LONDON (Reuters Breakingviews) - More of the gloomy same has been the rule for a few years now. Jaded investors expect more discord and economic slowdowns, and send global bond yields ever further downwards in the hope that central banks throw more stimulus in their direction. This dark complacency could be upended.
There are no recent signs of change. In recent days, French President Emmanuel Macron decided not even to try to draft a communiqué for this weekend’s meeting of the G7 leaders of developed economies in Biarritz, and his proposal to discuss fires in the Amazon was rejected by Brazilian President Jair Bolsonaro as evoking “a colonialist mentality”. A revision of U.S. statistics removed about half of the reported employment created since President Donald Trump’s tax stimulus.
Then there is British Prime Minister Boris Johnson, who wanders around the capitals of Europe without either a plan to avoid a hard Brexit or a parliamentary majority to support one. The potentially violent standoffs in Hong Kong, Kashmir and the Gulf will continue. And recessions and slowing growth threaten the United States, the euro zone, China and India, just to name the most prominent countries.
The is no end in sight to the new normal of bitter but inconclusive politics, politically inadequate economic growth and dramatic but largely ineffective interventions from central banks. Nor is the United States likely to resume its familiar role as global policeman. The longer and harder global tensions are stretched, the greater the risk of a major tear.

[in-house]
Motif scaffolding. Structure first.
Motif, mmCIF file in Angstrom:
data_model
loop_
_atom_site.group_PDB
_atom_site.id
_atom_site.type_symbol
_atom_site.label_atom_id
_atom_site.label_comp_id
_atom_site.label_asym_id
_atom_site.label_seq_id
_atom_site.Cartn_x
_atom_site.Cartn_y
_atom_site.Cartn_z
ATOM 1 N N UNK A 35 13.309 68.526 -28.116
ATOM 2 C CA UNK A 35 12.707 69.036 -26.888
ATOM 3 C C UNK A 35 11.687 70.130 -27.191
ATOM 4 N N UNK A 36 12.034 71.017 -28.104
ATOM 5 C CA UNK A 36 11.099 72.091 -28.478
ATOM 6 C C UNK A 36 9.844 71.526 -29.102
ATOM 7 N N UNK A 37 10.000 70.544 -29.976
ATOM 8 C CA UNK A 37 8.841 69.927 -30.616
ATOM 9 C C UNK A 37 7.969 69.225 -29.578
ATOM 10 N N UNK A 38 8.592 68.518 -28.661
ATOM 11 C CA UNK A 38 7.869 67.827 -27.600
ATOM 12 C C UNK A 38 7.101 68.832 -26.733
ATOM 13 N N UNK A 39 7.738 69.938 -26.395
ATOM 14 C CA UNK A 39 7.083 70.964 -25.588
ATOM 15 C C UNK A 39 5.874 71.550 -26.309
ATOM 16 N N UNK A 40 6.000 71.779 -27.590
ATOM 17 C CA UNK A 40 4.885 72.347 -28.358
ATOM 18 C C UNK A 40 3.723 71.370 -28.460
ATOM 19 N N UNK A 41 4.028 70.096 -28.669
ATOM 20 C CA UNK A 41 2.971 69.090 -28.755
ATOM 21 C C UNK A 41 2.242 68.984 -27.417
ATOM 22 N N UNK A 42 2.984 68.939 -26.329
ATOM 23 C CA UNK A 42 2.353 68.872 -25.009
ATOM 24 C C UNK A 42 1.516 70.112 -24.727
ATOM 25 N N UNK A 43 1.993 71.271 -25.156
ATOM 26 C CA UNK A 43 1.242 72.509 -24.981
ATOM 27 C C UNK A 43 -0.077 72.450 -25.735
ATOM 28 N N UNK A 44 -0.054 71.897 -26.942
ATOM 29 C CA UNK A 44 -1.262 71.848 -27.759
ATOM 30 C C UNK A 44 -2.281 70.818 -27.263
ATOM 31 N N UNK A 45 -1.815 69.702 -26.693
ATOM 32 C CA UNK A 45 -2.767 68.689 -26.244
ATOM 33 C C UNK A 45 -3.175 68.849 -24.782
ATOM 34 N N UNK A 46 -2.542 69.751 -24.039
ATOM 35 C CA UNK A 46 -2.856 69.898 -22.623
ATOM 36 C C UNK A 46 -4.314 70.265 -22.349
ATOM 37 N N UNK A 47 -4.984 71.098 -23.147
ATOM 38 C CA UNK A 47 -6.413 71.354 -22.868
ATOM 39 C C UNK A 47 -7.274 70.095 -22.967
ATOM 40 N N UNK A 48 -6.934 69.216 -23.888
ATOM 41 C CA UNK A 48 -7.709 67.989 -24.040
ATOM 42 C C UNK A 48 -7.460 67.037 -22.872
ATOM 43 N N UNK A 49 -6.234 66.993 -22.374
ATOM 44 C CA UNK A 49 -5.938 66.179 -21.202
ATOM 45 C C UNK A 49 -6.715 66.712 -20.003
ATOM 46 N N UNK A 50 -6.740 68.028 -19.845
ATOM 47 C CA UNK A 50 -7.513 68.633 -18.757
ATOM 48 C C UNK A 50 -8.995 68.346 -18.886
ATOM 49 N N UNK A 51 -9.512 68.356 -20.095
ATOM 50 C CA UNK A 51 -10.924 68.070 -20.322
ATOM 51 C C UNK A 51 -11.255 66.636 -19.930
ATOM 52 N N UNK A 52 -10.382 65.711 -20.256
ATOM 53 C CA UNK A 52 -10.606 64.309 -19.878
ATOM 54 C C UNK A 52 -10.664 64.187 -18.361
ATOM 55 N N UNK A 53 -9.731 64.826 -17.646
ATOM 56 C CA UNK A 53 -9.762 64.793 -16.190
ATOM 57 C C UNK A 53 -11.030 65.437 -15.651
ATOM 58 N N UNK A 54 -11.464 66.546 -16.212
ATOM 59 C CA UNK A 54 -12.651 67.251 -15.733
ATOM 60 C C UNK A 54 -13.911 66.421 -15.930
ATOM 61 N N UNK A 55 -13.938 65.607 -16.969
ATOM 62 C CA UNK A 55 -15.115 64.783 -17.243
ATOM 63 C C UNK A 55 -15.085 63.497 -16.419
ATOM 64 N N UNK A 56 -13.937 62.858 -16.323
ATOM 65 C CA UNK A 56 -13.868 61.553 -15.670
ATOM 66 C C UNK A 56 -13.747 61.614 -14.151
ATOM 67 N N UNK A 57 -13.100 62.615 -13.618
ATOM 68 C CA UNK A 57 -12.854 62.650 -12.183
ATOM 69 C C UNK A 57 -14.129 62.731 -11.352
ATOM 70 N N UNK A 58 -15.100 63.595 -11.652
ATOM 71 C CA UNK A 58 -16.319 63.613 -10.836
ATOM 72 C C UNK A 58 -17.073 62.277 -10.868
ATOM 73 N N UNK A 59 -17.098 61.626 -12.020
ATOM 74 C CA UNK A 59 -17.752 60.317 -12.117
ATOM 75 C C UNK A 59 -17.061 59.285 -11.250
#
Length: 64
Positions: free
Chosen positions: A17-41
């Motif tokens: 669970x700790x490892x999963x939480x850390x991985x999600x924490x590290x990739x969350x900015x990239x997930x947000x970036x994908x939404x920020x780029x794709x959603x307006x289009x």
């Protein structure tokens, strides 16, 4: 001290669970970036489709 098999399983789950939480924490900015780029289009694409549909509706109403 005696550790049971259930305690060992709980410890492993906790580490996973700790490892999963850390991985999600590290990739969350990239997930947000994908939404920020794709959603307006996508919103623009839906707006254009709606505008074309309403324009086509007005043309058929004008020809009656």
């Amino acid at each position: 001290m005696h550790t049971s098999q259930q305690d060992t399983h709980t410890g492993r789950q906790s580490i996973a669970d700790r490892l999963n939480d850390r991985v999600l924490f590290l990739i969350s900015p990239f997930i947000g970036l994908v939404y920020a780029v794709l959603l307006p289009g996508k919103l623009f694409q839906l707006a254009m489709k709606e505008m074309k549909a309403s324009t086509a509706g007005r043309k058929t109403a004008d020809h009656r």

A bad scenario is too depressing for late summer, so consider a good one. Suppose the multi-year British Brexit fight ends with Britain remaining in the European Union. That outcome currently seems so unlikely that its arrival could trigger a burst of confidence throughout Europe, especially if a new and less bitter Italian government gains some traction.
Warming to the theme, Trump’s erratic behaviour and a U.S. recession could spark a political revolution there. The Chinese authorities might decide that patience is better than violence in Hong Kong. Weak economies might dampen voters’ enthusiasm for crony capitalist governments.
Economic slowdowns and political radicalism are not new, so an investor with an unhedged bet on optimism would be a lunatic. But in the current environment it’s a long way up as well as down.
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